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Baking the perfect pie means following directions without any changes

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Posted: Friday, October 4, 2013 9:42 am

Dear Barbara: I saw Robert Irvine on the Food Network showing a failing restaurant chef how to make a pie without a soggy crust. He baked the bottom crust, cooled it, and smeared a layer of butter on the bottom and sides to prevent the juices from leaking under the crust. Chef Irvine then filled the center with apples, sugar and spices, and placed the top uncooked crust over the apples. The pie was perfectly baked.

I did the same thing and it was totally burnt on the bottom; the juices were everywhere; the edges of the bottom crust were burnt. I did dock it a little bit, but just enough that it wouldn’t bubble. I baked it according to the recipe I had. Where do you think I may have gone wrong? — Jo Lea from Lodi

Dear Jo Lea: Two things stand out; maybe three. Any time you are making a two-crusted pie, please don’t dock it (meaning to poke a bunch of tiny holes in the crust) so it doesn’t bubble.

It would have been better to take parchment paper and cover the crust. Fill the shell with dried beans or pie weights. Docking the crust, in this case, is giving the filling all these little holes so that the juices can seep out of the crust. One of the most important things is to cover the outer edge crust, where it is crimped on the edges, with aluminum foil. Lastly, but certainly not the least important, is to turn your oven temperature down. Keep an eye on it and take it out when the crust is golden brown and delicious!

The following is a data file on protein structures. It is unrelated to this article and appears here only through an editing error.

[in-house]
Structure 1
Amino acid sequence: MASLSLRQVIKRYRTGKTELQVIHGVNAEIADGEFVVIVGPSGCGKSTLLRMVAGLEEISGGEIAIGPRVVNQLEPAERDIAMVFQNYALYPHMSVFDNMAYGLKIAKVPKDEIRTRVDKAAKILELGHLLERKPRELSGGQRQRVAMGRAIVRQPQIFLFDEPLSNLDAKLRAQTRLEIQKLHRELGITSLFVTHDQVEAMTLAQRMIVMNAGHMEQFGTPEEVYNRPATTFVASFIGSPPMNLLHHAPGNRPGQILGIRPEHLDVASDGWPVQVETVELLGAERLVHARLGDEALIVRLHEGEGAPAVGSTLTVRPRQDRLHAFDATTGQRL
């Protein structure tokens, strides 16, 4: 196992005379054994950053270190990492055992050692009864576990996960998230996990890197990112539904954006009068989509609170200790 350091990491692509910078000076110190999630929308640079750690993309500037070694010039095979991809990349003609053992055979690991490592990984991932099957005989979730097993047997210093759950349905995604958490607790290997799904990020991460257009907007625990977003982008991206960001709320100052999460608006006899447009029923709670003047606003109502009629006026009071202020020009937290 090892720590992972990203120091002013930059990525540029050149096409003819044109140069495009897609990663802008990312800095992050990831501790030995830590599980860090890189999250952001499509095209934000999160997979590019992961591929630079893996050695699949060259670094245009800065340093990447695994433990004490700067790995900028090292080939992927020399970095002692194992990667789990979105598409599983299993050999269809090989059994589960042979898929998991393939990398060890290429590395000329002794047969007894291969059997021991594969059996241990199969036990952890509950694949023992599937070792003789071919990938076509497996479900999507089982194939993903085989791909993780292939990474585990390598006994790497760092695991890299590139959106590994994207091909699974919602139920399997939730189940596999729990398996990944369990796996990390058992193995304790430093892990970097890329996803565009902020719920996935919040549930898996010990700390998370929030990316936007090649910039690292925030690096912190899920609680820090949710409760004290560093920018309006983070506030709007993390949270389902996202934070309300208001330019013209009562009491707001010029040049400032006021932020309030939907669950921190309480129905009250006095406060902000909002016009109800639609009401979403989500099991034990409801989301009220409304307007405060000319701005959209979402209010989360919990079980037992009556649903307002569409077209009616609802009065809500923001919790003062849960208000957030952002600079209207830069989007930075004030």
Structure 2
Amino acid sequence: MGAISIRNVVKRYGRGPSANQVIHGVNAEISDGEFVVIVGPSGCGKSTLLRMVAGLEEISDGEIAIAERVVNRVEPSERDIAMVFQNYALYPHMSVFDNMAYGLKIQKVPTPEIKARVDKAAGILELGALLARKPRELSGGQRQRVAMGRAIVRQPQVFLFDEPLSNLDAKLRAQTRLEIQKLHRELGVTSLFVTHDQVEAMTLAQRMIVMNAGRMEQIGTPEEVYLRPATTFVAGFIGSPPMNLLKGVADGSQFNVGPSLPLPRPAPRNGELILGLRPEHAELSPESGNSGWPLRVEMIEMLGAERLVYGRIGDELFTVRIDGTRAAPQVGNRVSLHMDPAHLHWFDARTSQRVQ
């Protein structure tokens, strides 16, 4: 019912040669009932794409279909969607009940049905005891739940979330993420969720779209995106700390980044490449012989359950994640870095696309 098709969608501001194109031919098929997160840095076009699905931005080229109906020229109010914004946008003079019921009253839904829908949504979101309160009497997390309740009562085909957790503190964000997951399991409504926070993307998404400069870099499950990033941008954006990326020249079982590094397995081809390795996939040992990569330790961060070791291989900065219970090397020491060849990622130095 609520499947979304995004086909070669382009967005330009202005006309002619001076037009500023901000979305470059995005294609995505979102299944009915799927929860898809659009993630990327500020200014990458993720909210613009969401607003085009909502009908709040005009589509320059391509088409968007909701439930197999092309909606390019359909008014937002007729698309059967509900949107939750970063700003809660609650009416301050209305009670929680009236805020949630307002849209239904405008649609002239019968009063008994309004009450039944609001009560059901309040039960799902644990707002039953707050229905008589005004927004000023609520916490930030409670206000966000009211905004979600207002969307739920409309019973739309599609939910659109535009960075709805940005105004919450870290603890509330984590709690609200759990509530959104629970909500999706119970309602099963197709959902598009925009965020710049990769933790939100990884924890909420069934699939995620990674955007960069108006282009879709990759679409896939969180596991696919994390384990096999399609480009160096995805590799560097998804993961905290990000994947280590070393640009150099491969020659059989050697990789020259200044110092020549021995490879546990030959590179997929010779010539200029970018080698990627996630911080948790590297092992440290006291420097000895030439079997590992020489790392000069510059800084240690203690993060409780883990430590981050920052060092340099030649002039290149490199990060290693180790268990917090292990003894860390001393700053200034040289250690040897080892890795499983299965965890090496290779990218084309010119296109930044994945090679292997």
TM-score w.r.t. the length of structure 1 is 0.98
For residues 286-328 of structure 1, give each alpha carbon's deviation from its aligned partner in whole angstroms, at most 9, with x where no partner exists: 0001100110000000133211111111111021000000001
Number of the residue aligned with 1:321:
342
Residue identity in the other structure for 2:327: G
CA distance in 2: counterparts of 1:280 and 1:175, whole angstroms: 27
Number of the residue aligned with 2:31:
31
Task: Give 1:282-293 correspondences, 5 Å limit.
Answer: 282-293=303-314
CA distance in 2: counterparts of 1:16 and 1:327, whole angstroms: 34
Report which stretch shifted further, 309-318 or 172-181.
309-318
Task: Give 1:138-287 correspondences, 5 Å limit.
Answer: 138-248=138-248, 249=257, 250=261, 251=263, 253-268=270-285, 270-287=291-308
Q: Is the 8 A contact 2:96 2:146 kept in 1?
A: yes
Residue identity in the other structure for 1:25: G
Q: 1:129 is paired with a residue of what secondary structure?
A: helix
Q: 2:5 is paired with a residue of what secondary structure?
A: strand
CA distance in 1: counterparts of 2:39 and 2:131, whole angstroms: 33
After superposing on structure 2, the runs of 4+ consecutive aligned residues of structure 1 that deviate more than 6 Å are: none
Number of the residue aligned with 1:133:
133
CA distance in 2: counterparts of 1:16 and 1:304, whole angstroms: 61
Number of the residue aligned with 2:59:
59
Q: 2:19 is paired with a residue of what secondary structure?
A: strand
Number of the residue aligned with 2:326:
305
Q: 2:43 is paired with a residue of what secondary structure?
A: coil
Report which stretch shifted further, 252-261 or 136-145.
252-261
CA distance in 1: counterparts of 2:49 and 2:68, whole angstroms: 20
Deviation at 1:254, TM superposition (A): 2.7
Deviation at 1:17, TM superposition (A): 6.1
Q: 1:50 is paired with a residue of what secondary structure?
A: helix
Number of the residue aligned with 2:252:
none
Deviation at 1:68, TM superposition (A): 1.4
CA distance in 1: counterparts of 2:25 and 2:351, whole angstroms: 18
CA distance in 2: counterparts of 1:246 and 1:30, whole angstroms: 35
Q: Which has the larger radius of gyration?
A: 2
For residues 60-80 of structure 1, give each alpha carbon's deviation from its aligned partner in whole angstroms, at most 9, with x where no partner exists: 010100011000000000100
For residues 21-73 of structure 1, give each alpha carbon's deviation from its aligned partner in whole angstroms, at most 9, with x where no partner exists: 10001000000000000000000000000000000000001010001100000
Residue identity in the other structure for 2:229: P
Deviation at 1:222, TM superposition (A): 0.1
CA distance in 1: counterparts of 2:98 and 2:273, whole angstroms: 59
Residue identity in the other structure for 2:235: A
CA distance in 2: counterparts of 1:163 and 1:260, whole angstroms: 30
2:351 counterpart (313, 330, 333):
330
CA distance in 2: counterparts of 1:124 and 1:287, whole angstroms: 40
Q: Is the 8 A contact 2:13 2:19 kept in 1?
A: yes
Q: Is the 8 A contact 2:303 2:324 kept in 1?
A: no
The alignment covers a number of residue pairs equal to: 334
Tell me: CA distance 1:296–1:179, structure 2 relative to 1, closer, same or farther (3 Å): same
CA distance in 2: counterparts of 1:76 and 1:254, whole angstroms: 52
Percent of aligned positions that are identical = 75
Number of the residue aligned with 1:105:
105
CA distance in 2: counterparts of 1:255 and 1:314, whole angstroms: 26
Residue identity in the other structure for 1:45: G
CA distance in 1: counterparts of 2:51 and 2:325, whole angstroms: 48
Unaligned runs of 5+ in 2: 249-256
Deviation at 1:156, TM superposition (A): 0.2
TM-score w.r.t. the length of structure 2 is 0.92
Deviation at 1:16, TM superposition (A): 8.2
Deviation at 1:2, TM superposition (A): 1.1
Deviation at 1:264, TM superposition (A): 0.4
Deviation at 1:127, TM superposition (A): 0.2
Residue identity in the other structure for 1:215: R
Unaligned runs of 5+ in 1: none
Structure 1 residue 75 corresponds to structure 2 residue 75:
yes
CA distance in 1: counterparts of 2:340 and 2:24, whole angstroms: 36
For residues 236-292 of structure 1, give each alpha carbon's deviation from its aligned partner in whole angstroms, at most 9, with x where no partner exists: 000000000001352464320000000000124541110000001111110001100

Dear Barbara: The last time we went to Apple Hill, I loved the cider. They made it right there on the spot. It is 100 percent apple juice, and if you look at a bottle of apple juice, it says 100 percent apple juice. What determines whether it is juice or cider if they both contain the same thing? — Shante from Galt

Dear Shante: When you had the cider at Apple Hill, it was pressed right on the premises; therefore it wasn’t filtered or pasteurized and contained nothing other than juice from pressed apples. That is why cider is cloudy. If it is not pasteurized, it must be stated on the label.

In the case of Apple Hill, I believe there is a sign posted. I haven’t been there for years, so I’m not sure, but I assume it is still there. It also has a shorter shelf life than apple juice and must be refrigerated.

The difference in the apple juice you buy from the store is that it is both pasteurized and filtered. It also may contain sugar and some preservatives to give it a longer shelf life.

My sister lived in England for a while and if you order apple cider there, it is fermented and contains about 8 percent alcohol. Here we call it ‘hard’ cider.

Barbara Spitzer is a Lodi home cook who also develops recipes for specific consumer products. Do you have a cooking question? Send it to Barbara Spitzer at bdspitzer@comcast.net. Please include your first name and city.

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